After turning 43 last December, two-time Olympic medalist Bernard Lagat did not think he would make another appearance at an IAAF World Championships.
Beginning with the IAAF World Championships in Athletics in 2001, Lagat had qualified for 11 world championships, both indoors and outdoors, and had won three indoor titles and two outdoors. Although still competing, he was largely viewed as a “legend” athlete racing here and there for his own satisfaction in the twilight of his career.
Almost exactly a month later, the five-time Olympian from Tuscon, Ariz., lined up for the Aramco Houston Half-Marathon, a distance he had only run twice before. On an unusually cold Texas winter day, he kept an even pace and clocked a personal best and American over-40 record of 1:02:00 finishing in 15th place. He had no idea that his mark would qualify him for his 12th world championships, and his first as a road runner.
“It is a surprise,” Lagat told reporters here today at an outdoor press conference held at the finish line in the Ciudad De Les Artes y la Ciencias (City of Arts & Sciences) in the Jardin del Turia, Valencia’s huge park in the center of the city. “I think I used that word, like it was an accident. A lot of athletes were asking me in Houston, ‘hey Bernard are you trying to get the team?’ And I said, ‘look and see who is running here. Everybody is running. Therefore I’m just here to run a personal best.'”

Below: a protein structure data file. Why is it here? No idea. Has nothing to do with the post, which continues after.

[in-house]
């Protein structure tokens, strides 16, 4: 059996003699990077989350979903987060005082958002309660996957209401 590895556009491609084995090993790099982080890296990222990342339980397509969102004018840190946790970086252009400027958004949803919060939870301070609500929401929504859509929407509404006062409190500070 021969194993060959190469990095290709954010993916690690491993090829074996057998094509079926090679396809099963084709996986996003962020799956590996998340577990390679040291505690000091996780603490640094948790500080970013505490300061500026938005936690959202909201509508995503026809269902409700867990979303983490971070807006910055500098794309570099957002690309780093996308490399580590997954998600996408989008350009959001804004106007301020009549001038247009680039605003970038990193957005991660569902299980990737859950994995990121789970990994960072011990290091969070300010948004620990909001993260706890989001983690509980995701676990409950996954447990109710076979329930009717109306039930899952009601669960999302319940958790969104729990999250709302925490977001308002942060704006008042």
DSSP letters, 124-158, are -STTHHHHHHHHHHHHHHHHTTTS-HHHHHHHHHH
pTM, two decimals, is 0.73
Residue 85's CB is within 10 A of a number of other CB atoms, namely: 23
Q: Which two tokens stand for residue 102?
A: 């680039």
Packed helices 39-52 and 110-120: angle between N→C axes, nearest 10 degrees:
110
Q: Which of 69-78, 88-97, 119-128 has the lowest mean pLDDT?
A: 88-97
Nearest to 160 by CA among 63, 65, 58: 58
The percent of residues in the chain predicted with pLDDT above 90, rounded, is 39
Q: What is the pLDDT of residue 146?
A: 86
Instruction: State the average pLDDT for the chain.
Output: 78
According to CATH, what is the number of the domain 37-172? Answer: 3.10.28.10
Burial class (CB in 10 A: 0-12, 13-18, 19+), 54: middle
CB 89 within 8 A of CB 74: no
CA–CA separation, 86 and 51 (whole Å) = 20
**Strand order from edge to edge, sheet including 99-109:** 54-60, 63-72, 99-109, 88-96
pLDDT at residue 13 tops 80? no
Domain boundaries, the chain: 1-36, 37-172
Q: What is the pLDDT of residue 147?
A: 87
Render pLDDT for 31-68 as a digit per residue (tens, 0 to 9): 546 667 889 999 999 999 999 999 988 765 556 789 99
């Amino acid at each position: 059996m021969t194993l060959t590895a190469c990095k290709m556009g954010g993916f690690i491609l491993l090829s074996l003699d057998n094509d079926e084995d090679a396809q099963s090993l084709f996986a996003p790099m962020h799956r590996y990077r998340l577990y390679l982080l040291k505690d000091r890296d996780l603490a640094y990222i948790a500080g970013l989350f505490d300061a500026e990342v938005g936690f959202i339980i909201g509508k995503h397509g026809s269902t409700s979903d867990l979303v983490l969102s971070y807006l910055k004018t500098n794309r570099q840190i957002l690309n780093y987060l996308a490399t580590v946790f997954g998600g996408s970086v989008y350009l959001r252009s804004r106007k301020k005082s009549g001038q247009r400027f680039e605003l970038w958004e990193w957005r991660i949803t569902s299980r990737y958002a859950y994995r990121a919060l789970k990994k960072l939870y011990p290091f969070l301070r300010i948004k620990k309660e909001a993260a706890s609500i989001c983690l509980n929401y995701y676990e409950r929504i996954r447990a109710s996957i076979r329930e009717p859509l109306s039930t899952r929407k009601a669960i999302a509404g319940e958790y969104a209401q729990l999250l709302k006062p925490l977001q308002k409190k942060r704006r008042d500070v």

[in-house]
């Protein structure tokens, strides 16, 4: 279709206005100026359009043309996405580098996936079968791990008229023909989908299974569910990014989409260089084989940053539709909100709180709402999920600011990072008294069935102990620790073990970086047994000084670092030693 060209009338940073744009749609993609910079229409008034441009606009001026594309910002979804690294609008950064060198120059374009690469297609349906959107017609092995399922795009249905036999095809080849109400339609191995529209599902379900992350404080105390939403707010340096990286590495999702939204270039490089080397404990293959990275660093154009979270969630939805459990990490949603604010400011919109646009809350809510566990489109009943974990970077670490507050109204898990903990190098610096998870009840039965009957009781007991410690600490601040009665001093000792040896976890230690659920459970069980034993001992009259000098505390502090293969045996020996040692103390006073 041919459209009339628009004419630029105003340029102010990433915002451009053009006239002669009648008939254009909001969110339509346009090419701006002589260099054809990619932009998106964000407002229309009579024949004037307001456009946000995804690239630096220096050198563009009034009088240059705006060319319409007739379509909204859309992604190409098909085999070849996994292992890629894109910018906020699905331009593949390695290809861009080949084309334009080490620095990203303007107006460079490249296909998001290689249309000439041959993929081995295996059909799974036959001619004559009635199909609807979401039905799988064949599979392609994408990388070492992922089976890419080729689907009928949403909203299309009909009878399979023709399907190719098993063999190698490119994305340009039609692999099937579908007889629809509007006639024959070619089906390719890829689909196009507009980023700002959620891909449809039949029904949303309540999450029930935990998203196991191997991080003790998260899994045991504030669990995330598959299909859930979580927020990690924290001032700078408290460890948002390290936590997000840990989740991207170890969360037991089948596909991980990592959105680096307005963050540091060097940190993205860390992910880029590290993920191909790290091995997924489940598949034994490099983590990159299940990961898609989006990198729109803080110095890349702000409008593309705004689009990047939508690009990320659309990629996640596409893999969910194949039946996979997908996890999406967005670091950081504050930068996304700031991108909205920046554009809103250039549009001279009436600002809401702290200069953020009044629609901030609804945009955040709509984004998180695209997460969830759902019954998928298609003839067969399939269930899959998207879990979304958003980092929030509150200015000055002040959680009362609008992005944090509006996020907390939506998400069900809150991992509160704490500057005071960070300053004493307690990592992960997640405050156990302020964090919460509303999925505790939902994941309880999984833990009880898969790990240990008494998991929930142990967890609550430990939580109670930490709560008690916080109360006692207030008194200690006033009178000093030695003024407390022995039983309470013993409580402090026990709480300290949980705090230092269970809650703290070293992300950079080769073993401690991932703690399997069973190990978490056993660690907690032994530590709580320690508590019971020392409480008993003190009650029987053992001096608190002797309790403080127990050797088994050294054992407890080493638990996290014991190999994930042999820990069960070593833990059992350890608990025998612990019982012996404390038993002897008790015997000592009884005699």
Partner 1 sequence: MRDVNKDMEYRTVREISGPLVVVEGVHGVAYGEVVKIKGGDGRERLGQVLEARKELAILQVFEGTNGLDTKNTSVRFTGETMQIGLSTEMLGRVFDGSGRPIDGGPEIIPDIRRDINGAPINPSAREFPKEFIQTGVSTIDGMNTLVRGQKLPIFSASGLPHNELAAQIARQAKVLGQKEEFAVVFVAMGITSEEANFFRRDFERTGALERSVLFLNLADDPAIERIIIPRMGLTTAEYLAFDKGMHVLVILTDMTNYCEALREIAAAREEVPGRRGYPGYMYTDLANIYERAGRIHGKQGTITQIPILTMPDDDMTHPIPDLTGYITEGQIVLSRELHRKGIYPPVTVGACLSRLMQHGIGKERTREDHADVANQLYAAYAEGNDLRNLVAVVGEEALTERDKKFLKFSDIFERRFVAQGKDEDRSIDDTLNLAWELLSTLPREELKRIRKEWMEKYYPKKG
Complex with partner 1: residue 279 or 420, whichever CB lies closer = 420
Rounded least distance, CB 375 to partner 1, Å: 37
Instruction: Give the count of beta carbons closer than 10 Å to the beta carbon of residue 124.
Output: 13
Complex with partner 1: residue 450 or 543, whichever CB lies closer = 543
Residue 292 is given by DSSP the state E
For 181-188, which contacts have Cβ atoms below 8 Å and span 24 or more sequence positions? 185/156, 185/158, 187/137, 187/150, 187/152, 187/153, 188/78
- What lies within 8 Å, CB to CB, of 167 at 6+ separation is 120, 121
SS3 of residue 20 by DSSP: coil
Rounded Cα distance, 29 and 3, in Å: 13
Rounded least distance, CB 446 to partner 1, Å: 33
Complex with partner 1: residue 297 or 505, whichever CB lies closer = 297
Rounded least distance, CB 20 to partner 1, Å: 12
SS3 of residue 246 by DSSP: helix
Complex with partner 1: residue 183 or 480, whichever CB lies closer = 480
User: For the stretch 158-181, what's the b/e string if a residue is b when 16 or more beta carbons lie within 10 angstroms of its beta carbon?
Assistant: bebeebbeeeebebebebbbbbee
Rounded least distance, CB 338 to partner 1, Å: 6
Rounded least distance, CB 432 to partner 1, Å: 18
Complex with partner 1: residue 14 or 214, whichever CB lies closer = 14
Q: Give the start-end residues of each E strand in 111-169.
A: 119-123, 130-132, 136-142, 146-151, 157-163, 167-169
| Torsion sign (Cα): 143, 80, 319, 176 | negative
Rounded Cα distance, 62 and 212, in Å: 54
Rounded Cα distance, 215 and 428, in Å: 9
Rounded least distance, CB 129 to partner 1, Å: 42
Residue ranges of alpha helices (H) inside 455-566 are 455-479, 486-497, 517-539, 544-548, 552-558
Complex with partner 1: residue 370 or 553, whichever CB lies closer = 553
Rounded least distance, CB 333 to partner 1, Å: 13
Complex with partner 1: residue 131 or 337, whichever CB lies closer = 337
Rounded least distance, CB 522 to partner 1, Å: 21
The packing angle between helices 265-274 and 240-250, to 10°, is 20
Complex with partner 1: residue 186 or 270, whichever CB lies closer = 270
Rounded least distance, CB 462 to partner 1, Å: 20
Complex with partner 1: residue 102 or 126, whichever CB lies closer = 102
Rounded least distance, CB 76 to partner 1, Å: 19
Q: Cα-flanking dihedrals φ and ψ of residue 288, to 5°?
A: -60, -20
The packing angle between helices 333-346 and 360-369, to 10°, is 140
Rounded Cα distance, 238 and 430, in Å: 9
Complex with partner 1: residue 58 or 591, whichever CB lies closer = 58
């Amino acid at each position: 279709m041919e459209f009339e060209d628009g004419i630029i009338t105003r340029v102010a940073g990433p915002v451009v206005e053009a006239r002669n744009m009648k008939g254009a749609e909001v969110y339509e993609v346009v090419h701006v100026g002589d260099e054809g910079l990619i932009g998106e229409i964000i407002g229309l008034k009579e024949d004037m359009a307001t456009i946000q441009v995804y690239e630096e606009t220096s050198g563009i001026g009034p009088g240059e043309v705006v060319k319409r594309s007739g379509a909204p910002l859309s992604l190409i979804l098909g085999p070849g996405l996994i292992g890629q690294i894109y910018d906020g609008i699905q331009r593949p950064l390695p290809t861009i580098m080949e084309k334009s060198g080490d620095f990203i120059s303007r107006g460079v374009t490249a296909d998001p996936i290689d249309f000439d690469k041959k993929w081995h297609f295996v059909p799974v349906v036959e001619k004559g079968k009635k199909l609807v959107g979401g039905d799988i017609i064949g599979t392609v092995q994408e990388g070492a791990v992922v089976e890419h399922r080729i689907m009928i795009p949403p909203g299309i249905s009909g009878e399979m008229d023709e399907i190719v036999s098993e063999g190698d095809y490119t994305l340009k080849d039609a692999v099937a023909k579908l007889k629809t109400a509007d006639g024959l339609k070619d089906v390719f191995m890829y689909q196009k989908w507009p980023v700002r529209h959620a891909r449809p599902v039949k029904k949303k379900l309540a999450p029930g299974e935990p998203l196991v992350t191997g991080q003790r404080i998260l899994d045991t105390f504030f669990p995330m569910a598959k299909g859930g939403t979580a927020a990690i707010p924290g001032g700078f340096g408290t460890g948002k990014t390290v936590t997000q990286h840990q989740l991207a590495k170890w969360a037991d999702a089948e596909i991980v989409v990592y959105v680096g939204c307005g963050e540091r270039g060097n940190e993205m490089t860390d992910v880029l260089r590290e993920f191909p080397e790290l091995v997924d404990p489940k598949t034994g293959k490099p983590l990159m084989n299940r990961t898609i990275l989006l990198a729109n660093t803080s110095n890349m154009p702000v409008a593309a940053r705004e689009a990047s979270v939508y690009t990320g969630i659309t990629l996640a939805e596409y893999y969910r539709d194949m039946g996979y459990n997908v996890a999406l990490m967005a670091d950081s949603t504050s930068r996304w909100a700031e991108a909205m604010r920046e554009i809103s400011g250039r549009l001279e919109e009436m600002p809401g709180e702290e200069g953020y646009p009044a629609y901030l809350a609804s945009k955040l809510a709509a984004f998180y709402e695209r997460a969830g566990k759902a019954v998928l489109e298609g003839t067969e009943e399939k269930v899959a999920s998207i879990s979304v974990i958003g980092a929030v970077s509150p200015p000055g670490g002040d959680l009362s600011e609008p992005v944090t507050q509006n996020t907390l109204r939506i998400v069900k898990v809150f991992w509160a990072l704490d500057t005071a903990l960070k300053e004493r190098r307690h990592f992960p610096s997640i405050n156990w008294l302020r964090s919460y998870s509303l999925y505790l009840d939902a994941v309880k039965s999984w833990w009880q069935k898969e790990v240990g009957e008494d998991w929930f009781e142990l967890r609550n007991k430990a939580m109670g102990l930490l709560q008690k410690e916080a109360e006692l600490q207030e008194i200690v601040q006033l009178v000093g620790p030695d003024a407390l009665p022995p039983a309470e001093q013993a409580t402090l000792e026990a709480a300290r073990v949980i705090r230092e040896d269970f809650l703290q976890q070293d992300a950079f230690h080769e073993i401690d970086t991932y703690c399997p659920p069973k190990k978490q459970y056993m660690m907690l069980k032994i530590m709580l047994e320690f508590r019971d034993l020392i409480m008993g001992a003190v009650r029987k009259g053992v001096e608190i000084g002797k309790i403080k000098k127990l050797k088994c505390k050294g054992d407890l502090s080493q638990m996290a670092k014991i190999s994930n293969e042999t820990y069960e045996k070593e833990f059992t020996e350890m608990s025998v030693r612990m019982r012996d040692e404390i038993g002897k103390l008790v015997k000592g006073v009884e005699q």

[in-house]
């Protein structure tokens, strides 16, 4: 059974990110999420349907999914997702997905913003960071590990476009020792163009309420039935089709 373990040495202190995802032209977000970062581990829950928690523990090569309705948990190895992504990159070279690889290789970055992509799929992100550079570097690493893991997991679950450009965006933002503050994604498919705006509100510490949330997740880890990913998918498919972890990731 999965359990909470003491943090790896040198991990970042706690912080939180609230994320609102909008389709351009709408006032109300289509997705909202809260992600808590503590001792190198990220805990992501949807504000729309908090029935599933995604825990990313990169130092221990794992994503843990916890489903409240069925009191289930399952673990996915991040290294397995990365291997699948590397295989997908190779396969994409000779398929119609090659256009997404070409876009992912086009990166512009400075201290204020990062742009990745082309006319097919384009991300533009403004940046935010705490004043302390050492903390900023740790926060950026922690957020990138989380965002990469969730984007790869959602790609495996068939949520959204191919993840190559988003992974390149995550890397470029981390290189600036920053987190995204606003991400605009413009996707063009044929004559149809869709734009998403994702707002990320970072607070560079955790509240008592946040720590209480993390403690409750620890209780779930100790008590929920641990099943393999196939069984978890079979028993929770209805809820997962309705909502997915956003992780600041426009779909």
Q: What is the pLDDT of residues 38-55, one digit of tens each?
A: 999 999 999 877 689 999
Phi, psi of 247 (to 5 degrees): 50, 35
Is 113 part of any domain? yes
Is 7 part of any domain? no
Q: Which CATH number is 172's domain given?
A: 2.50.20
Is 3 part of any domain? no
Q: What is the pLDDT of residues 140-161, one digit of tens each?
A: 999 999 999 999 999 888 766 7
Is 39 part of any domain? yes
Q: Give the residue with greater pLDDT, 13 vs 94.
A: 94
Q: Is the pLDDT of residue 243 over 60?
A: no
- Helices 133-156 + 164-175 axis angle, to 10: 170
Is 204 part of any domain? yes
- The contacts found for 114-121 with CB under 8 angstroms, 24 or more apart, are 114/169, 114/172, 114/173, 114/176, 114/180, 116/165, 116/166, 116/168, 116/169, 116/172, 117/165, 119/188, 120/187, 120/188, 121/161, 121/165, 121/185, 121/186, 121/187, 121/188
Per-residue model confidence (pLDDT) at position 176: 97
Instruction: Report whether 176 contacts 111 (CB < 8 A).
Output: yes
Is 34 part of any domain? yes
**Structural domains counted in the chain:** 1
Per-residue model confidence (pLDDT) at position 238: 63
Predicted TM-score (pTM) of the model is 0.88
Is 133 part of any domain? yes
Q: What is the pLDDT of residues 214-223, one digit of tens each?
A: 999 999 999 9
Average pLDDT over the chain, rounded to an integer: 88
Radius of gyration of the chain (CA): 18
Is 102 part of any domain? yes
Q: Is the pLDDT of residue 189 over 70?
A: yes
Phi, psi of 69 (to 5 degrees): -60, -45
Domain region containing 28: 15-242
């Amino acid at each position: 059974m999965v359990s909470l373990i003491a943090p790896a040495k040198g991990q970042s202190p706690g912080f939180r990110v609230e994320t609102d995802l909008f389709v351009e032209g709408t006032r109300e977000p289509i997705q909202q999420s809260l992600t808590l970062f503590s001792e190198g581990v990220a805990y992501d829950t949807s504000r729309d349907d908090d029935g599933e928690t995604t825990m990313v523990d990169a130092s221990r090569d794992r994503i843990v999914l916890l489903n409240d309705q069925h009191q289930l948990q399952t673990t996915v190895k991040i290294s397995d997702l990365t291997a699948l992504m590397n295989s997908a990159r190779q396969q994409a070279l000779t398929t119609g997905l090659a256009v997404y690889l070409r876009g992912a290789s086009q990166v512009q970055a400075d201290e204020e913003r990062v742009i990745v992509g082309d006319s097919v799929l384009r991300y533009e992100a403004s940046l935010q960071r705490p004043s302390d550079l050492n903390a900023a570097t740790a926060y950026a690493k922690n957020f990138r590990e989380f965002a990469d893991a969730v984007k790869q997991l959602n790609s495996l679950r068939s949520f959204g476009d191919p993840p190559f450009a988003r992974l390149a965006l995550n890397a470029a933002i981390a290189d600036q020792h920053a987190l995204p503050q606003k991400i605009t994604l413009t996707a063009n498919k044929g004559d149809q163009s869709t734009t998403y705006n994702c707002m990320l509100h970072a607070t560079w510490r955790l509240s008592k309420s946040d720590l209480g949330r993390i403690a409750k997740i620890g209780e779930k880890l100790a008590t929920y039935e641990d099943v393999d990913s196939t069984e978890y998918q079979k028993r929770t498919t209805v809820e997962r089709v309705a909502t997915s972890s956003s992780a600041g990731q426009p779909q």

Under USA Track & Field’s selection process, Lagat was actually sixth on the list (a full team is five athletes per gender). But two athletes above him, Christo Landry and Haron Lagat, were unable to accept their team spots, elevating Lagat to #4 on the list.
“I wasn’t looking into running the world championships,” Lagat admitted. “But then, that position made me fourth in the United States, and I said, ‘wow.’ They gave me the invitation and I said I’m taking it. I was really, really excited to be here.”
Lagat, who is the second-oldest competitor in the men’s field (the oldest is 43 year-old Maurice Turnock of Gibraltar who was born seven months before Lagat), doesn’t relish the half-marathon distance, at least not yet. He admitted that tomorrow’s race was going to hurt.
“It’s painful from mile-two,” Lagat said. “Since mile number two it starts to get painful. Mile-one is OK. I can run with these guys at 4:32, no big deal. I have 3:47 (personal best for the mile); so I can brag about that. The pain starts towards the half. As you keep going you just see everyone starting to leave you, and you’re on your own.”
If the weather cooperates, Lagat could improve his personal best, but beating Haile Gebreselasie’s world over-40 record of 1:01:09 would be a tall order, Lagat said.
“It’s going to be a tough one,” he said.
Nonetheless, Lagat plans to be as competitive as possible. That’s just how he’s wired.
“It is a big challenge for me, but I still have that competitive nature for myself,” Lagat said. “I always want to go out there and do the best that I can. We’ll see tomorrow how I’m going to fare.”